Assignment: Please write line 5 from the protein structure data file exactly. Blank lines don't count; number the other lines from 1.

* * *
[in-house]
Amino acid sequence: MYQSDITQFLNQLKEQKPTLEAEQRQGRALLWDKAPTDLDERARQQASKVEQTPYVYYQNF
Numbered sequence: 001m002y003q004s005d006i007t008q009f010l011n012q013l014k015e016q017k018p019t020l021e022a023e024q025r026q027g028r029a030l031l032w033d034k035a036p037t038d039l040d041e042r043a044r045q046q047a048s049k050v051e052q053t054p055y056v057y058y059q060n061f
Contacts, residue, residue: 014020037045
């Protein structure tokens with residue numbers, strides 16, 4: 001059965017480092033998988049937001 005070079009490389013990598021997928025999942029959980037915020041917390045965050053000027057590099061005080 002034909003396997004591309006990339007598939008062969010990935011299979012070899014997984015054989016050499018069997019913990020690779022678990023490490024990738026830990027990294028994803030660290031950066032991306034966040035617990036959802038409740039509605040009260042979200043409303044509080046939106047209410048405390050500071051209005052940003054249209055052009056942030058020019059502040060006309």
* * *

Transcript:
């Protein structure tokens with residue numbers, strides 16, 4: 001059965017480092033998988049937001 005070079009490389013990598021997928025999942029959980037915020041917390045965050053000027057590099061005080 002034909003396997004591309006990339007598939008062969010990935011299979012070899014997984015054989016050499018069997019913990020690779022678990023490490024990738026830990027990294028994803030660290031950066032991306034966040035617990036959802038409740039509605040009260042979200043409303044509080046939106047209410048405390050500071051209005052940003054249209055052009056942030058020019059502040060006309």